IBM's Linux Lovefest Gets Networked

by David Penn

International Business Machines (IBM) announced that its network computer terminals now run Linux. IBM also announced it would soon post configuration instructions on its web site, as well as a forum for customers using Linux on IBM hardware. Said Irving Wladawsky-Berger, Vice President of Technology and Strategy for IBM's enterprise systems unit, "We are definitely embracing Linux where it makes sense. We're working with the Linux community to make it a better operating system."

But while the Linux community at large seems to welcome the continued good news of more major hardware companies warming to the Linux platform, there continues to be some grumbling that the new ports to Linux are "hedge bets" in the event that Linux develops into the exclusive "operating system of the future", but do not constitute real commitments to further develop Linux or fully embrace the Open Source or free software movements.

Perhaps "embracing Linux where it makes sense" means something more like "jumping on the bandwagon before it reaches cruising speed".

Certainly, with IBM continuing to back its AIX operating system, the thought that Linux would become the operating system of choice among server/network hardware manufacturers is still some distance from reality. As Wladawsky-Berger, who was recently moved from IBM's Internet division to head up IBM's new Linux initiatives, said, "our AIX is very successful for the high-volume space, giant commerce servers and mining operations. We cannot look out ten years to see if Linux will develop into the dominant operating system for heavier operations, but we are positioning well if it does."

With the addition of IBM's network terminals, the Network Station Series 2200 and the 2800, IBM's "Linux-certified" computers include its ThinkPad notebooks, IntelliStation workstations and Netfinity PC servers. Additional information on IBM's Network Stations (in pdf format) is available, as well as information on Linux on IBM ThinkPads.

Most of IBM's workstations and servers have traditionally run on AIX or even NetBSD, as well as other versions of UNIX. IBM's recent Linux-friendly moves have been widely considered defensive maneuvers against rivals Sun Microsystems and its new Solaris 8, as well as Microsoft and its upcoming Windows 2000 (an updated version of Windows NT) operating system.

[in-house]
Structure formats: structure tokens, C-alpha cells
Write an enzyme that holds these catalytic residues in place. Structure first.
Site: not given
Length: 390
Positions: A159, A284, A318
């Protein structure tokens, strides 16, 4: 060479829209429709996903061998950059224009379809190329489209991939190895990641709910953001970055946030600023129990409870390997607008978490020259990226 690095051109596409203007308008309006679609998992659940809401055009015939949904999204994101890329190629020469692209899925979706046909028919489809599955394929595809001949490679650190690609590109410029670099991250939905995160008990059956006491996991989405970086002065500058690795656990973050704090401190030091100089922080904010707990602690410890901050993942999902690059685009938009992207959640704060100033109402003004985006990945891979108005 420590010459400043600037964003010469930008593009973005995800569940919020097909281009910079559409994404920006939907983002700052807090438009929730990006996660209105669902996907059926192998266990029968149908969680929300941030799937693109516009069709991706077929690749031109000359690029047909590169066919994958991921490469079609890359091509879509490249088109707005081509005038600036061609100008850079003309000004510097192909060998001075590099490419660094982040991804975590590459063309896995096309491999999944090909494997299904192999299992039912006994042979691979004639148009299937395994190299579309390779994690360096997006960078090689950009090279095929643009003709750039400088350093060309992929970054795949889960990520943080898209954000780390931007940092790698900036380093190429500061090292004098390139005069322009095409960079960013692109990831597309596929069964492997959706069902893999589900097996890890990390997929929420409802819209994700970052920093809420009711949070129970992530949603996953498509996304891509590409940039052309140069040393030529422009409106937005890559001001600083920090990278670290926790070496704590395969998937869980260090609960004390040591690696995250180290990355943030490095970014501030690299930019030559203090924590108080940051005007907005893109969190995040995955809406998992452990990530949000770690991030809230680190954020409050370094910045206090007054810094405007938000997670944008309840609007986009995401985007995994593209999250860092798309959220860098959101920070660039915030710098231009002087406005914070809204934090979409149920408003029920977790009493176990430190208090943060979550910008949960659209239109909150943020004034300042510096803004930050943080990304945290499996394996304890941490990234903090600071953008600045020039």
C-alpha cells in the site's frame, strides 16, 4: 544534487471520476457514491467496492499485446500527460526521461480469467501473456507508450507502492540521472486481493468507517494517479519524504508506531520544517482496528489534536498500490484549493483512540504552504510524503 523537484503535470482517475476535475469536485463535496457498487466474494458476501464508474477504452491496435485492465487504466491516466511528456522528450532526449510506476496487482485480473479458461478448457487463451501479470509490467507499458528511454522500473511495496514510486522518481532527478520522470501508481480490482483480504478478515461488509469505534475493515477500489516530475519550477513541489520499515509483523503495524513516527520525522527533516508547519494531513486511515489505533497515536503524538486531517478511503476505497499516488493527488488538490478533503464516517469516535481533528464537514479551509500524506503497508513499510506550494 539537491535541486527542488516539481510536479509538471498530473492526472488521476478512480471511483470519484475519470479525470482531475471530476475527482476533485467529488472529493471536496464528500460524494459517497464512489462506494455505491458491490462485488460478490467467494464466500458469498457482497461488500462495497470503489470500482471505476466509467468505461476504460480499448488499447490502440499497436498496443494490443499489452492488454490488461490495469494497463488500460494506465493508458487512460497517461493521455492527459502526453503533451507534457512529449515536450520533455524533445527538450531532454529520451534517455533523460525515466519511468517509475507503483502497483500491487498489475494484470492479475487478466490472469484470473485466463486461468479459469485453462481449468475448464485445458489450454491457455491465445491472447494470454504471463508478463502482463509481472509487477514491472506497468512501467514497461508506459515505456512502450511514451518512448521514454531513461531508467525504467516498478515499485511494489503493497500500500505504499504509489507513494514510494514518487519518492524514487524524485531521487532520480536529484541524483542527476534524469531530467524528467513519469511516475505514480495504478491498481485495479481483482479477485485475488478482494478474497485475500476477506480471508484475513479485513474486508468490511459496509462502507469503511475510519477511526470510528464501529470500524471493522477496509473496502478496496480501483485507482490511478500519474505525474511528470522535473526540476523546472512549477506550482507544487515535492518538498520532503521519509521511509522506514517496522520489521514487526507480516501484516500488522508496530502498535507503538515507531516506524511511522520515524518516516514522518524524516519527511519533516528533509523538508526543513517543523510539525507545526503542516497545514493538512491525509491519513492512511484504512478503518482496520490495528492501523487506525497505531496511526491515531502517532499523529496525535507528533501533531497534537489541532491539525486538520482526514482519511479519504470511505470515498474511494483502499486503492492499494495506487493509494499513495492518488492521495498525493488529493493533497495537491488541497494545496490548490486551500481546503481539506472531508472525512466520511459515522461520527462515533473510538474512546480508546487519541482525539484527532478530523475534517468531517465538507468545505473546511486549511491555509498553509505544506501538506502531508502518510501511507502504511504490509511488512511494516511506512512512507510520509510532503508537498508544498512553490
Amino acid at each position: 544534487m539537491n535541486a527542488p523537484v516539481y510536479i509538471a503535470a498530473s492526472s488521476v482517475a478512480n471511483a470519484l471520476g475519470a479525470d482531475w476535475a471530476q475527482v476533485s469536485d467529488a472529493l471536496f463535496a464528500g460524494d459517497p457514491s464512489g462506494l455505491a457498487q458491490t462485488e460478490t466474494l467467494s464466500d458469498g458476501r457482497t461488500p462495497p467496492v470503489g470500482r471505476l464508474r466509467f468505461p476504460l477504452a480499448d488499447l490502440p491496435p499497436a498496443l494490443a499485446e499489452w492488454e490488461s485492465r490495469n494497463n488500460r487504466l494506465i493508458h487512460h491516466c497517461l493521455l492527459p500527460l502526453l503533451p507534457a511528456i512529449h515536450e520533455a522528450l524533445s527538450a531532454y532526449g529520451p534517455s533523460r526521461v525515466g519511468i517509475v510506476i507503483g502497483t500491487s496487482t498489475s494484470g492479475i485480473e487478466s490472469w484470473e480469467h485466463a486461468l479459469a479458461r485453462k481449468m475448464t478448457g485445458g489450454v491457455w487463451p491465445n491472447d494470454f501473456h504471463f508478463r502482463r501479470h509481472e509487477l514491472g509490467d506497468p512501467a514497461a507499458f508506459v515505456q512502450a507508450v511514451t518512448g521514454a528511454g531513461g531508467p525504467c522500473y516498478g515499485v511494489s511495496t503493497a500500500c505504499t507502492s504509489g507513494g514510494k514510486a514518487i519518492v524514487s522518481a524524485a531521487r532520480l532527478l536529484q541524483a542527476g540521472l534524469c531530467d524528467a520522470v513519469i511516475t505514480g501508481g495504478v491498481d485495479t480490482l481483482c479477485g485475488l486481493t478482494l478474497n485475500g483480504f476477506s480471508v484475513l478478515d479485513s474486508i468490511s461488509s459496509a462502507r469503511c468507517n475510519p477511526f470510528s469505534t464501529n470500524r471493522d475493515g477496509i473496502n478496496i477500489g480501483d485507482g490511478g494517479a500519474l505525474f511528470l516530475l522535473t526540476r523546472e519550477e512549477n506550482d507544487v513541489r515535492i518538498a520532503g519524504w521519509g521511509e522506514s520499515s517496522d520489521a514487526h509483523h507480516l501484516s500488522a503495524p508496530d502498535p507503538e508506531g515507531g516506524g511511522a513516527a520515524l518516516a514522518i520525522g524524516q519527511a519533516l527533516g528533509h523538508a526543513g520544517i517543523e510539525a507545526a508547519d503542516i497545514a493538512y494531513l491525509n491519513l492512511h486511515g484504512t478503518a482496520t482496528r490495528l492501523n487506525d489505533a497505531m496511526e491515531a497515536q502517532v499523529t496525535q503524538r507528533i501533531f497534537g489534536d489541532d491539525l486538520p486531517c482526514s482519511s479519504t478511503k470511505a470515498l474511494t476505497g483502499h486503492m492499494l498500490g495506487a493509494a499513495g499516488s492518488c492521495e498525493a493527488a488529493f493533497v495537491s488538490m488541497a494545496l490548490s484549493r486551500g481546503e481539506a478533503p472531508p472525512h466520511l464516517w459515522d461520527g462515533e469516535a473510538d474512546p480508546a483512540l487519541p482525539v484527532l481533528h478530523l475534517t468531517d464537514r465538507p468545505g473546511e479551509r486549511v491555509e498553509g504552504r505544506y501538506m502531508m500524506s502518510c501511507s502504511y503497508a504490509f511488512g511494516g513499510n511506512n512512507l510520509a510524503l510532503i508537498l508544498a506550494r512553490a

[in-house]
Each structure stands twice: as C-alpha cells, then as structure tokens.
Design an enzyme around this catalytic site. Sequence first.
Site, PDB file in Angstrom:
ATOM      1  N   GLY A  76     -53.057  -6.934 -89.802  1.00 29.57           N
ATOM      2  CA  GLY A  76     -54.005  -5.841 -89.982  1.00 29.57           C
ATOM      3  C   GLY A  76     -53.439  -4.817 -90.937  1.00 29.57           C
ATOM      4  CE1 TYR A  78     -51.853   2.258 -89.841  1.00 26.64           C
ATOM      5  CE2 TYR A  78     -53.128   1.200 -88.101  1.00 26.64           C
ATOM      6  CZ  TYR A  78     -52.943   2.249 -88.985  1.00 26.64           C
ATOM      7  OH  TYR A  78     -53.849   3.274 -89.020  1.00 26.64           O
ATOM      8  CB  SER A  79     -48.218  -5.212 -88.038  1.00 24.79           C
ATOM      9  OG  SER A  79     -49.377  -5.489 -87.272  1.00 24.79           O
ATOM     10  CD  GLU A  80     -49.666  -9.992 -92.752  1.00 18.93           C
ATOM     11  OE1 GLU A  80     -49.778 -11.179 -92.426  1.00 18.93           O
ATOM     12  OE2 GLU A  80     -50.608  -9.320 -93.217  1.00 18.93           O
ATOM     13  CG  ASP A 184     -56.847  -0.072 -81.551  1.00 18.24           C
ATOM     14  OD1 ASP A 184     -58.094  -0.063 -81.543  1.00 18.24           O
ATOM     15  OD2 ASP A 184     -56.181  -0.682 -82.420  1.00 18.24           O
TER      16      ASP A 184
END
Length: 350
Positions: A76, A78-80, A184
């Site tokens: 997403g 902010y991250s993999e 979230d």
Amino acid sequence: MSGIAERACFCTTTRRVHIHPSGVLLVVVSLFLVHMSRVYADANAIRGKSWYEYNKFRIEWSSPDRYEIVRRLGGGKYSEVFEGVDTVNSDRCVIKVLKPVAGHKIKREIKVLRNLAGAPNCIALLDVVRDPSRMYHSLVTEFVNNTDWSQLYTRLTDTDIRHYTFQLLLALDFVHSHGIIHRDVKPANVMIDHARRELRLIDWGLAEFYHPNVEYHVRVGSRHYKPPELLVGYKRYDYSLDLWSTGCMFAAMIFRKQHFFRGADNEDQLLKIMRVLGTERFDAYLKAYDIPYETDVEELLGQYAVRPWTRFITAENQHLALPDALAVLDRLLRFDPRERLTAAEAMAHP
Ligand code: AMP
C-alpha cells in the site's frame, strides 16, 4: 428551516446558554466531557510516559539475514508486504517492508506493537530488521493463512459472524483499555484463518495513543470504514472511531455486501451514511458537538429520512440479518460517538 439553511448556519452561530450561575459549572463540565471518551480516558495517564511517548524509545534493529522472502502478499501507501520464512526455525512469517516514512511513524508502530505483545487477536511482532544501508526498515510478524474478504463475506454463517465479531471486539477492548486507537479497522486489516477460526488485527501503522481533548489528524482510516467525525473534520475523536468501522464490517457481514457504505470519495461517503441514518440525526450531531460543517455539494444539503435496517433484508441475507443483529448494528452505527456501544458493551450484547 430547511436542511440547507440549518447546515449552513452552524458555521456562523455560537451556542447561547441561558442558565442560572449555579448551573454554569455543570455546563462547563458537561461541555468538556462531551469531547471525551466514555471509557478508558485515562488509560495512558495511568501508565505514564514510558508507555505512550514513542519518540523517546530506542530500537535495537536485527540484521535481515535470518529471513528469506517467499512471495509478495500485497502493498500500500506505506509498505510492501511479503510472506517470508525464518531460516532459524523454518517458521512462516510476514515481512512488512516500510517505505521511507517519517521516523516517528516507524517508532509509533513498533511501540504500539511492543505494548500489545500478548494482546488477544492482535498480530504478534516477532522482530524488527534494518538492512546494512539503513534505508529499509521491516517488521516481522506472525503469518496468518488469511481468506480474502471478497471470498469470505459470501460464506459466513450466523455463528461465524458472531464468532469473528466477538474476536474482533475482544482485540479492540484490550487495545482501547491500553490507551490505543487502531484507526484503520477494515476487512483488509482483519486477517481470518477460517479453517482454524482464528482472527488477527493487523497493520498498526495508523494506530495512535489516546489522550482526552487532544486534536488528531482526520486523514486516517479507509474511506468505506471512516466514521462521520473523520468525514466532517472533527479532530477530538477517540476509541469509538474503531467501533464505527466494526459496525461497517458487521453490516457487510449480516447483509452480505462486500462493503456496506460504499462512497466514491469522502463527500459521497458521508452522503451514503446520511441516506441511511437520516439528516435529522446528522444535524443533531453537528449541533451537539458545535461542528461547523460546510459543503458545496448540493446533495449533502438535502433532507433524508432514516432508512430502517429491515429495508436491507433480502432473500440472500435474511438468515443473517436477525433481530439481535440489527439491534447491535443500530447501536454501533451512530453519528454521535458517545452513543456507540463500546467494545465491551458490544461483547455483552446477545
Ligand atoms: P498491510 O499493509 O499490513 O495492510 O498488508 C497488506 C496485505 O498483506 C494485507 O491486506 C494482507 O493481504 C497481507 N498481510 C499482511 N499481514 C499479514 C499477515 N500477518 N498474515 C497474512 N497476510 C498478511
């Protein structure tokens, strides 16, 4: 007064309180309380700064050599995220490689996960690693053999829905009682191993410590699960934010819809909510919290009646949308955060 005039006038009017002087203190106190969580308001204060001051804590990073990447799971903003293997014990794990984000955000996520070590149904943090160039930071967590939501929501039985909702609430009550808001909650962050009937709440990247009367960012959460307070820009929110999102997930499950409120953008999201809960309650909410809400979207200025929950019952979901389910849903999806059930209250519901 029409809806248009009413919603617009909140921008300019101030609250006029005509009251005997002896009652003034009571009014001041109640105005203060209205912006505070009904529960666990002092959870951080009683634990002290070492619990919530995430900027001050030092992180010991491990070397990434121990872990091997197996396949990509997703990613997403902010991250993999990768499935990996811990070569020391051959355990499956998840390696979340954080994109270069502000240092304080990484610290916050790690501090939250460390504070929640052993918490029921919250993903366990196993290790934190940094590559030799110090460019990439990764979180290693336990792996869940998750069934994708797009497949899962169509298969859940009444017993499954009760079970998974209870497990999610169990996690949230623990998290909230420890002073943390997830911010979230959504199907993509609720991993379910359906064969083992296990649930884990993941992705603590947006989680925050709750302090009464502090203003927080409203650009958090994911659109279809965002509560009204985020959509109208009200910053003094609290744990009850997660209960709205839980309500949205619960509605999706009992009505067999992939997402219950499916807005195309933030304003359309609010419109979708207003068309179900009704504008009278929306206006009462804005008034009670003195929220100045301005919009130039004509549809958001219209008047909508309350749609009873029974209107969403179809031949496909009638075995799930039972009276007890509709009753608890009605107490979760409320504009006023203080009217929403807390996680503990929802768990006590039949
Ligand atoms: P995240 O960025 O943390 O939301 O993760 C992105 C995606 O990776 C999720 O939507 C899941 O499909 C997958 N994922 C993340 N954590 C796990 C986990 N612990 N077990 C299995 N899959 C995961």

In this light, IBM's "embrace" of Linux seems as much a case of "Computer Maker, Heal Thyself" as it does a ringing endorsement of the open-source operating system. By most accounts, it has been the marketplace furor (particularly the stock market furor) that has captured the attention of corporate decisionmakers. While it is true that the legions of geeks buried in corporations like IBM have played a significant role in introducing Linux to their companies (often without the corporate decisionmakers' knowledge) and in getting Linux decisions implemented once the nod is given, it is equally true that companies such as Sun Microsystems, Oracle, Microsoft and IBM move more like schools of fish than lone sharks. And the move toward (and, occasionally, confusing combination of) Linux and open-source approaches is, like the widespread corporate herding around the Internet, a new path to the waterfall, so to speak, and nobody's secret any longer.

As Wladawsky-Berger notes, "For the Internet space, Linux is the direction of the market. We see Linux doing for applications what the Internet did for networking."

So, although everyone is jockeying for superior position, no one is turning the tables over because they have discovered Linux. What these companies "are" doing is using Linux to achieve ends already largely established. Sun Microsystems, which has invested in Linux companies including Caldera, and Sun's "Linux in the Limelight" page emphasize the threat Linux represents to "low-end users the proven reliability of UNIX", stating that "Sun views Linux as an alternative to NT". Oracle similarly beats the "alternative to NT" drum in praising Linux, but it is clear that Oracle sees Linux as a preferential platform for its database and application products most immediately. And Microsoft sees in Linux a smoking pea-shooter, more valuable for its ability to impersonate evidence as a full-fledged Microsoft-stopper than for its actual ability to put the beast down.

IBM has licensed software to the three leading Linux distributions, Caldera, Red Hat and Turbolinux.

One continuing sing-song heard from many companies who have become Linux-friendly in recent months, is Linux's relative difficulty in handling the "industrial-strength" business tasks routinely part of the work of larger Web sites. Some companies have used this as a reason to downgrade Linux's potential for growth in the Internet space. Others, however, point out the increasing use of Internet appliances, embedded or otherwise, with specialized task sets and (often) limited use which may be ideal for the Linux OS.


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